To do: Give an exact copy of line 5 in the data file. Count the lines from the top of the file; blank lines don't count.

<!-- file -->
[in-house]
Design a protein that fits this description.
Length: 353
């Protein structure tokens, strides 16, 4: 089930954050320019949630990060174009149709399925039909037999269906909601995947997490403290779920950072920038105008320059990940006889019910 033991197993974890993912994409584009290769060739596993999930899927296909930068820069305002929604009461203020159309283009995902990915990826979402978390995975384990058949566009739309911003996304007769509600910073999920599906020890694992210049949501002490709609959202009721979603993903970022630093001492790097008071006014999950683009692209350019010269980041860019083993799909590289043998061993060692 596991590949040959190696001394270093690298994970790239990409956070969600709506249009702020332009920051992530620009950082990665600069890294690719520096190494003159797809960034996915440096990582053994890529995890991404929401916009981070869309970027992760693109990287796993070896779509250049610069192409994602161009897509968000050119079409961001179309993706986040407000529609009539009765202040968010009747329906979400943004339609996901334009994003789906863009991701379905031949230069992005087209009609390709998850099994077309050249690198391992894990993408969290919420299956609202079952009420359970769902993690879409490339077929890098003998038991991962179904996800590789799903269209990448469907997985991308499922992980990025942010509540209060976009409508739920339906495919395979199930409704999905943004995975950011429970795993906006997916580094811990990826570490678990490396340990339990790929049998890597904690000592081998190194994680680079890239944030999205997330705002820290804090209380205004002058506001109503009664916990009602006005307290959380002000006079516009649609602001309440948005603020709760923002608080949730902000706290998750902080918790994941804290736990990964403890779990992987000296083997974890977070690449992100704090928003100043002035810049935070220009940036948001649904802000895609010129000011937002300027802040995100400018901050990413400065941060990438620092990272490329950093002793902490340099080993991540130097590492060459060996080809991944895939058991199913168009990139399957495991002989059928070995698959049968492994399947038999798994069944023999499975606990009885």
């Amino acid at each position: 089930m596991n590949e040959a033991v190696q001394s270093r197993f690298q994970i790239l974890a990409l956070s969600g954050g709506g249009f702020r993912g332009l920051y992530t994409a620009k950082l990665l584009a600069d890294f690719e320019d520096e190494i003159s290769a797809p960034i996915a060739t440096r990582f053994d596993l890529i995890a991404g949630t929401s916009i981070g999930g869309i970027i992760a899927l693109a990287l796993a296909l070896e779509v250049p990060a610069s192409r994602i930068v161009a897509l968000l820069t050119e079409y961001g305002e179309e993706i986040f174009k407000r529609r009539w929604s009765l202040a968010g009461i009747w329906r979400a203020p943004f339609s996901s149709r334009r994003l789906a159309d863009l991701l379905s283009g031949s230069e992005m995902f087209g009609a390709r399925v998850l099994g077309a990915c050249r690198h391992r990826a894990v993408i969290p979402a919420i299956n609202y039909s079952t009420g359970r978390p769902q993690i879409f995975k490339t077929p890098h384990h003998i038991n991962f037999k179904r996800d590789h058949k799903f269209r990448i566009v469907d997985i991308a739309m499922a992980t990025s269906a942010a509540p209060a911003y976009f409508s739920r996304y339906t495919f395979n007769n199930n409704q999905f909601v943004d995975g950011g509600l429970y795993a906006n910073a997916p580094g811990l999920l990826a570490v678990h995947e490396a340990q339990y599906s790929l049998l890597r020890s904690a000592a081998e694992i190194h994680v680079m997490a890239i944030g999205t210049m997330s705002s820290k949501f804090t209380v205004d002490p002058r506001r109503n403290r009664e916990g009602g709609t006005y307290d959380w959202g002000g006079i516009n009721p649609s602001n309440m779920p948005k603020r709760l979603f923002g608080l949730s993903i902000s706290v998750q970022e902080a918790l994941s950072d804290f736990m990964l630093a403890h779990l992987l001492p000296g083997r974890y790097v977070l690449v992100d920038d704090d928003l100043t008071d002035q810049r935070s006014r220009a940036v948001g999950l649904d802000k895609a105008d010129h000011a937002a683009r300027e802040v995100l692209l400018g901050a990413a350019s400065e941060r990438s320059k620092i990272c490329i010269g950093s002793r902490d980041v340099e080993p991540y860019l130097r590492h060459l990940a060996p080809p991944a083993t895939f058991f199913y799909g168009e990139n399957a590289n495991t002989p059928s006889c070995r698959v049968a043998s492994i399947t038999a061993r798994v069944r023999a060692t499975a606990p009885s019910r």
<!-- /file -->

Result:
């Amino acid at each position: 089930m596991n590949e040959a033991v190696q001394s270093r197993f690298q994970i790239l974890a990409l956070s969600g954050g709506g249009f702020r993912g332009l920051y992530t994409a620009k950082l990665l584009a600069d890294f690719e320019d520096e190494i003159s290769a797809p960034i996915a060739t440096r990582f053994d596993l890529i995890a991404g949630t929401s916009i981070g999930g869309i970027i992760a899927l693109a990287l796993a296909l070896e779509v250049p990060a610069s192409r994602i930068v161009a897509l968000l820069t050119e079409y961001g305002e179309e993706i986040f174009k407000r529609r009539w929604s009765l202040a968010g009461i009747w329906r979400a203020p943004f339609s996901s149709r334009r994003l789906a159309d863009l991701l379905s283009g031949s230069e992005m995902f087209g009609a390709r399925v998850l099994g077309a990915c050249r690198h391992r990826a894990v993408i969290p979402a919420i299956n609202y039909s079952t009420g359970r978390p769902q993690i879409f995975k490339t077929p890098h384990h003998i038991n991962f037999k179904r996800d590789h058949k799903f269209r990448i566009v469907d997985i991308a739309m499922a992980t990025s269906a942010a509540p209060a911003y976009f409508s739920r996304y339906t495919f395979n007769n199930n409704q999905f909601v943004d995975g950011g509600l429970y795993a906006n910073a997916p580094g811990l999920l990826a570490v678990h995947e490396a340990q339990y599906s790929l049998l890597r020890s904690a000592a081998e694992i190194h994680v680079m997490a890239i944030g999205t210049m997330s705002s820290k949501f804090t209380v205004d002490p002058r506001r109503n403290r009664e916990g009602g709609t006005y307290d959380w959202g002000g006079i516009n009721p649609s602001n309440m779920p948005k603020r709760l979603f923002g608080l949730s993903i902000s706290v998750q970022e902080a918790l994941s950072d804290f736990m990964l630093a403890h779990l992987l001492p000296g083997r974890y790097v977070l690449v992100d920038d704090d928003l100043t008071d002035q810049r935070s006014r220009a940036v948001g999950l649904d802000k895609a105008d010129h000011a937002a683009r300027e802040v995100l692209l400018g901050a990413a350019s400065e941060r990438s320059k620092i990272c490329i010269g950093s002793r902490d980041v340099e080993p991540y860019l130097r590492h060459l990940a060996p080809p991944a083993t895939f058991f199913y799909g168009e990139n399957a590289n495991t002989p059928s006889c070995r698959v049968a043998s492994i399947t038999a061993r798994v069944r023999a060692t499975a606990p009885s019910r």